Stability, not power: O'Neill

PRIME Minister Peter O’Neill says yesterday’s parliamentary vote to grant his government 30 months of protection from no-confidence motions is not about increasing his power.
Stability, not power: O'Neill Stability, not power: O'Neill Stability, not power: O'Neill Stability, not power: O'Neill Stability, not power: O'Neill

The constitutional amendment to extend this grace period from 18 months to 30 months passed its second reading, with 90 supporting votes and 14 against.

O'Neill called it a history-making change and said it provided the benefit of political stability to major resource sector investors.

"It strengthens political stability, it allows officials at all levels of government - national, provincial, district and local - to be confident that the record spending programs outlined in the 2013 budget have the strong and continuing political backing they need," the PM said.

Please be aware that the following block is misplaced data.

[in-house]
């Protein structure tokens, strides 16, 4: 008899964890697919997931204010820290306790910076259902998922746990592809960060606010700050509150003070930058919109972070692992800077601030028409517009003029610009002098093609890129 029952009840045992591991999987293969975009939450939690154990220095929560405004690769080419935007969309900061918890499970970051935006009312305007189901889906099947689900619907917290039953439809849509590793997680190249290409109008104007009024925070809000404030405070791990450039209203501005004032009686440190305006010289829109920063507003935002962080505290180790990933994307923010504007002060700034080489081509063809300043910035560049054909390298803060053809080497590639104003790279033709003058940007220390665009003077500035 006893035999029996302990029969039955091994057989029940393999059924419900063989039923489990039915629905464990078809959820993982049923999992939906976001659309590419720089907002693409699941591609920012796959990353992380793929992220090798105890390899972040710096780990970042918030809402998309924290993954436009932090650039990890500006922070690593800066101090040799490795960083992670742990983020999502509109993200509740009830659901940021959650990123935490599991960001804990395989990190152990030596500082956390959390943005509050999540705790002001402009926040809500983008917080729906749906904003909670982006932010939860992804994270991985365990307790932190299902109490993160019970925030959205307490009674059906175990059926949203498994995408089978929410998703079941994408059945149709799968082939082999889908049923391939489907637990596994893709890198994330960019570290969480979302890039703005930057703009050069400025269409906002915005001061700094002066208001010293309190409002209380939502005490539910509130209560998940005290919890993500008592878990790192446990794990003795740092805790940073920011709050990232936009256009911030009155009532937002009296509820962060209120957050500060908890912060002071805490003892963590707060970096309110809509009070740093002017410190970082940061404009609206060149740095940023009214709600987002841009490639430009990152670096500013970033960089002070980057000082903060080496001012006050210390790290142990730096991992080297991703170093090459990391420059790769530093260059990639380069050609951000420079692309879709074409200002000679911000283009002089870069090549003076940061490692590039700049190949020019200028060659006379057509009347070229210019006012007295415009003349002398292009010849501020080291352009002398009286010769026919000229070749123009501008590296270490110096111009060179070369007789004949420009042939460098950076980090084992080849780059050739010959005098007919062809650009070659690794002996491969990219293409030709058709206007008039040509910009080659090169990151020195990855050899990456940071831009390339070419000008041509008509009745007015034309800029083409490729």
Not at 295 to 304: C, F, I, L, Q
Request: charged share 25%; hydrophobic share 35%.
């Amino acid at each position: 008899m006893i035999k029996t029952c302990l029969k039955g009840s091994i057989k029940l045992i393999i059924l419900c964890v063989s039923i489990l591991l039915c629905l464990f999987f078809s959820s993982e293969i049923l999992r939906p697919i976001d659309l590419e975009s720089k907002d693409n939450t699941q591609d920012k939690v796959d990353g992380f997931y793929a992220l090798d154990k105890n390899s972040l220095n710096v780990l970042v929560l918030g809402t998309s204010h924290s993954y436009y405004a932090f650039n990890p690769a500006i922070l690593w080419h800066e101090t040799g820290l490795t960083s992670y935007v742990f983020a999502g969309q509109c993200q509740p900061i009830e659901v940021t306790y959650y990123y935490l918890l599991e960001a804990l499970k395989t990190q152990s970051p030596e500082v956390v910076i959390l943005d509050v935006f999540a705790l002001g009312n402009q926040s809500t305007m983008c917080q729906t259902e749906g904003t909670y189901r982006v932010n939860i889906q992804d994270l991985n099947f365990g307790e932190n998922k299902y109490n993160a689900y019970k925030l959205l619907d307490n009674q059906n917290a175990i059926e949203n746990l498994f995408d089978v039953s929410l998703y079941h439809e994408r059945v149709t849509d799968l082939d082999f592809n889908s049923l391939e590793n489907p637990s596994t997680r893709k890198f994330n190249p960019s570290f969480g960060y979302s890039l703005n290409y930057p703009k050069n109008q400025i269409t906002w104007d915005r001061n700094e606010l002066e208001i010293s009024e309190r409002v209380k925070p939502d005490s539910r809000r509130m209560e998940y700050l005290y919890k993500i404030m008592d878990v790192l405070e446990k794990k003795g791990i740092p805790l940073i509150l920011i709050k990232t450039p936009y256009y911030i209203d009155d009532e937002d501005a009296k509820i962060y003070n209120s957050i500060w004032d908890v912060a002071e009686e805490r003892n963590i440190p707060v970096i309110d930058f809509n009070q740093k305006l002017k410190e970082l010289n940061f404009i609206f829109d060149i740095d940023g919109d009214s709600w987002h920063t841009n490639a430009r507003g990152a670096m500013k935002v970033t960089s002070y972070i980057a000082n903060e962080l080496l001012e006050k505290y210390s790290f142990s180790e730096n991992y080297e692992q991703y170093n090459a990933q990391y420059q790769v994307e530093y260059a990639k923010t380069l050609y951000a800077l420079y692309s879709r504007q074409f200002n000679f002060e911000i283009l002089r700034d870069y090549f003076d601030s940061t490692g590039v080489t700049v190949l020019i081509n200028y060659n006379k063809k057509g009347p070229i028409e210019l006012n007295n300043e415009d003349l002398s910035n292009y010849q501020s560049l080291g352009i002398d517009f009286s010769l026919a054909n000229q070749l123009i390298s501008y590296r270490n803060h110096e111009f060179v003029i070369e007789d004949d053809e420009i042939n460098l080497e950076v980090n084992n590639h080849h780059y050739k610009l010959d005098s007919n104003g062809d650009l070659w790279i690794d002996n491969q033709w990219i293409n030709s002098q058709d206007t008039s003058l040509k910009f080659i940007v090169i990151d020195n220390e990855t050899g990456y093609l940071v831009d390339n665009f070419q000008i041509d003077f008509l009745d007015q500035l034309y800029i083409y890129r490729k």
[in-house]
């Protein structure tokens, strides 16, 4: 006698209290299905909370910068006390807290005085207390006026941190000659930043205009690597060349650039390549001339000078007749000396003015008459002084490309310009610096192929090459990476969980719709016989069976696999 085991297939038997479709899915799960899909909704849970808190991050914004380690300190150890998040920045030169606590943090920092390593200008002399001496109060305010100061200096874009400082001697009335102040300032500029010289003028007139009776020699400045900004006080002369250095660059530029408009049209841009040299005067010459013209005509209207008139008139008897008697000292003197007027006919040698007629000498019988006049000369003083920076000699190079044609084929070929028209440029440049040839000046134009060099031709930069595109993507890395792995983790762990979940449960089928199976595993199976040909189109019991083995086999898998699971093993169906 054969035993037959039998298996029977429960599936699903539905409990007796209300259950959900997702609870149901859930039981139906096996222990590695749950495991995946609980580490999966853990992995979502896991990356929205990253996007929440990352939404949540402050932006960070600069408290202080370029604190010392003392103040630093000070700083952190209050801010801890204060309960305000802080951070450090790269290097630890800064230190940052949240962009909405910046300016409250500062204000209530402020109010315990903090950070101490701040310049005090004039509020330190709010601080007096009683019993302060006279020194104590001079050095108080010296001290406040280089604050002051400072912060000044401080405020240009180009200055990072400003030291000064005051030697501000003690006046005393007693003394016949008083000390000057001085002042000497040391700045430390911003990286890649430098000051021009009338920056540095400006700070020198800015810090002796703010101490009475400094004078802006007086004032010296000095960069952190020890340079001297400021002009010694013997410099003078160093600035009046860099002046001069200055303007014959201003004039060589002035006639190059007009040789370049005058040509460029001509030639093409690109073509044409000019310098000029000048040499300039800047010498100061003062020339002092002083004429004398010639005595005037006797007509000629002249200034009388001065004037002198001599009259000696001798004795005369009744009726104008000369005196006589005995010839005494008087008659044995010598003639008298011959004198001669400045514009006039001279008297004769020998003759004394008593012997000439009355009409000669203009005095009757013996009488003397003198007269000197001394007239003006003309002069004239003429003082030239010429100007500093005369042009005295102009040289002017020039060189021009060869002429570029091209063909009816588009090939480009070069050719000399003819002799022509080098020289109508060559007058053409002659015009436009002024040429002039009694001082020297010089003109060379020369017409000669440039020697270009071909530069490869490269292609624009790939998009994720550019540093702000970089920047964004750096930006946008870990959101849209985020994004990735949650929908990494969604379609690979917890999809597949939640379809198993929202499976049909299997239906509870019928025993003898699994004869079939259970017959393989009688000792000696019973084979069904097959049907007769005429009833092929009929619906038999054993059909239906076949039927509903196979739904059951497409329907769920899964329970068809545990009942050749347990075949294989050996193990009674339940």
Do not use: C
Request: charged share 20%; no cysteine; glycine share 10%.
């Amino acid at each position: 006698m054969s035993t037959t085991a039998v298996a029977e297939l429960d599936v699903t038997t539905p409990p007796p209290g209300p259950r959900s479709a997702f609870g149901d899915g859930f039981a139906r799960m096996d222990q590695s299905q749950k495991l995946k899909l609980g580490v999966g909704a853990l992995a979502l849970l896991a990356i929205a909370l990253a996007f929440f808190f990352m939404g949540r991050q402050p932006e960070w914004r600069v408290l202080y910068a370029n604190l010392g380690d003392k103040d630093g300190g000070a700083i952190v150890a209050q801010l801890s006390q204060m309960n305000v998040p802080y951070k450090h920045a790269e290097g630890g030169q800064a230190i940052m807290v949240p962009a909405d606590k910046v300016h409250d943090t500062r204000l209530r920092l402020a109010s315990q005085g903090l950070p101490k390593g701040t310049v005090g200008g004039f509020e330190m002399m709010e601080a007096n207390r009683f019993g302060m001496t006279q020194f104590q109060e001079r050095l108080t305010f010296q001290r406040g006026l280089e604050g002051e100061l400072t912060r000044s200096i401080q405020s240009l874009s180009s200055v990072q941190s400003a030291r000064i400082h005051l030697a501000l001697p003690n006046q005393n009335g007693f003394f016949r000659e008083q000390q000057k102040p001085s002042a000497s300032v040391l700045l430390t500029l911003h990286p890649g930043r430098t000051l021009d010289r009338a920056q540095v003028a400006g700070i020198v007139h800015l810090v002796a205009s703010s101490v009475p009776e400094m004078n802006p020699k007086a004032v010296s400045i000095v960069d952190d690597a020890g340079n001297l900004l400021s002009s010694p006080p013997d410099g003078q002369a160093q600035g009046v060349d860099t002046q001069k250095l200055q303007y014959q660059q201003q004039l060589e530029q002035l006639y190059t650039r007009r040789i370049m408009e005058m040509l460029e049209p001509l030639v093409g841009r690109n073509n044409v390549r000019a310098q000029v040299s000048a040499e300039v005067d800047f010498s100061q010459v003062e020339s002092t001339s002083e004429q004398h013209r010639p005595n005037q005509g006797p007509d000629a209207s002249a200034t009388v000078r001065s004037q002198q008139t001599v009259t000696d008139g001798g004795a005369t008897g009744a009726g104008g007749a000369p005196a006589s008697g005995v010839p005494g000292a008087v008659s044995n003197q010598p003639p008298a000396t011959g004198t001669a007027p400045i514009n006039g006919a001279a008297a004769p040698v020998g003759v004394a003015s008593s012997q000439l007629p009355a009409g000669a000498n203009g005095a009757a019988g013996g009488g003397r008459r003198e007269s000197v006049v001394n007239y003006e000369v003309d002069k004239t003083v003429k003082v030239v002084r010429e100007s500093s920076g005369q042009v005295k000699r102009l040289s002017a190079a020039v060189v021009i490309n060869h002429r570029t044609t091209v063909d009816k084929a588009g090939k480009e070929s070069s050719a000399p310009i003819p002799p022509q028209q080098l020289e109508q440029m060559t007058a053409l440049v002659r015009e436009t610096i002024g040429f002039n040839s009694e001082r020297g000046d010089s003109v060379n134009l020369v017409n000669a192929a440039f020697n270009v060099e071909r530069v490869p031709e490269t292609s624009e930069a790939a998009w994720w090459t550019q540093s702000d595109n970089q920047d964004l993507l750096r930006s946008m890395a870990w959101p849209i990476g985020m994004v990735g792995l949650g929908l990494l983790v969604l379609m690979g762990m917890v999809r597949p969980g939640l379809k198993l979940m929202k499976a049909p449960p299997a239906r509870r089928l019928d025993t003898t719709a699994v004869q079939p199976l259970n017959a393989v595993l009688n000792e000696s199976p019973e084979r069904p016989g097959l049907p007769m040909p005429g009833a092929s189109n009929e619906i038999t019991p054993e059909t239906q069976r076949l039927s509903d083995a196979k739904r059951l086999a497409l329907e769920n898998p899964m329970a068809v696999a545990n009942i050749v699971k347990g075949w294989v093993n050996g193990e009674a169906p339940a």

"This change is not about increasing my power. It is about locking in to place the long term political stability our nation, and especially our people, have been denied for too long."

O'Neill stressed that safeguards remained.

"The power of the Prime Minister is always subject to the checks and balances of our robust parliamentary democracy, our independent judiciary, and above all our national constitution."

Prominent PNG political blogger Deni ToKunai said the amendment was as good as law now. He indicated that this change effectively created just an 18-month window for a vote of no confidence.

"It appears everybody has forgotten that it's not just a 2.5 year grace period," he tweeted.

"It's 3.5 years. A VONC can't be moved in the final year either."

Opposition Leader Belden Namah has launched a legal challenge against the constitutional amendment. If this fails, a VONC will not be possible until 2015.

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